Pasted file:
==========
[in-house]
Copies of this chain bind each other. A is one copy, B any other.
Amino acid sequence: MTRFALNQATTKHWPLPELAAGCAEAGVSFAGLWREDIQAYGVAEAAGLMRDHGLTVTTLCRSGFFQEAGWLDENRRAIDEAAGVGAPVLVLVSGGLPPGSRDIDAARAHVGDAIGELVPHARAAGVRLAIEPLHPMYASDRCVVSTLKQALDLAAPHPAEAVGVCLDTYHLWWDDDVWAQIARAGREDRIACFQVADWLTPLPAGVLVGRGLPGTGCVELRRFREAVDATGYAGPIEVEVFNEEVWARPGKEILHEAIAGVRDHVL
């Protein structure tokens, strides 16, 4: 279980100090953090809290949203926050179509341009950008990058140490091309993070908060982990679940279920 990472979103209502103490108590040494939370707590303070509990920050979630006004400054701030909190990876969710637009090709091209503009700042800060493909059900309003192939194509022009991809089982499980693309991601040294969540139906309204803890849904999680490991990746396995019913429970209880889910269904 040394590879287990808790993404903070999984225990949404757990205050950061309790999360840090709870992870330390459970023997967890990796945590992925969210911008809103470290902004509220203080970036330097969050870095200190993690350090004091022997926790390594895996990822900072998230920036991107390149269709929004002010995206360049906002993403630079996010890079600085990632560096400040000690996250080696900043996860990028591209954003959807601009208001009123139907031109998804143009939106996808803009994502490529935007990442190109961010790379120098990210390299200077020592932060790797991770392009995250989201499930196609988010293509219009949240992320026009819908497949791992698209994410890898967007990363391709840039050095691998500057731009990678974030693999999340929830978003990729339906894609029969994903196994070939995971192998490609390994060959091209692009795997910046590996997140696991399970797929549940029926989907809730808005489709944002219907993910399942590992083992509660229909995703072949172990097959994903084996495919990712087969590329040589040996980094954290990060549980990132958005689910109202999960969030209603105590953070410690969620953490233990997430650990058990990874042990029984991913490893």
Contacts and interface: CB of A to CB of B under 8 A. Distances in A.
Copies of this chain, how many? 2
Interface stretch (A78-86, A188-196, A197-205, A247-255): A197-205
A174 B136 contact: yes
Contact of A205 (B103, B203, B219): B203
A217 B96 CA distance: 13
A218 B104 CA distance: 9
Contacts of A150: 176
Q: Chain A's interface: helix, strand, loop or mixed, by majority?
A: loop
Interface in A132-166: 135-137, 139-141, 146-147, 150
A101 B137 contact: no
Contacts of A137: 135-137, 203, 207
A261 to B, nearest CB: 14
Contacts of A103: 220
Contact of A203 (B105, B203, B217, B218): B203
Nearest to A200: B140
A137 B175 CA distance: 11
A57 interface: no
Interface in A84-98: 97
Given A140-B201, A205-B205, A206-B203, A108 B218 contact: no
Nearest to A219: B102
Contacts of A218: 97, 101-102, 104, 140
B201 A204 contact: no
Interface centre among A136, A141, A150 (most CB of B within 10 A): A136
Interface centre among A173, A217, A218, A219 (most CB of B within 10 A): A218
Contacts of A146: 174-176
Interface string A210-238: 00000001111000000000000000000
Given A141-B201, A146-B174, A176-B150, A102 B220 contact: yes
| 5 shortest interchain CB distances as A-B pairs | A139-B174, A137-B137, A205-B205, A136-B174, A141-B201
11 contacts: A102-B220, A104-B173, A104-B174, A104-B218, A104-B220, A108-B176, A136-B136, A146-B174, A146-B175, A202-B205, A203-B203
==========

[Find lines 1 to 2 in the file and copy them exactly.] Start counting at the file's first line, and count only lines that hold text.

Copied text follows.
[in-house]
Copies of this chain bind each other. A is one copy, B any other.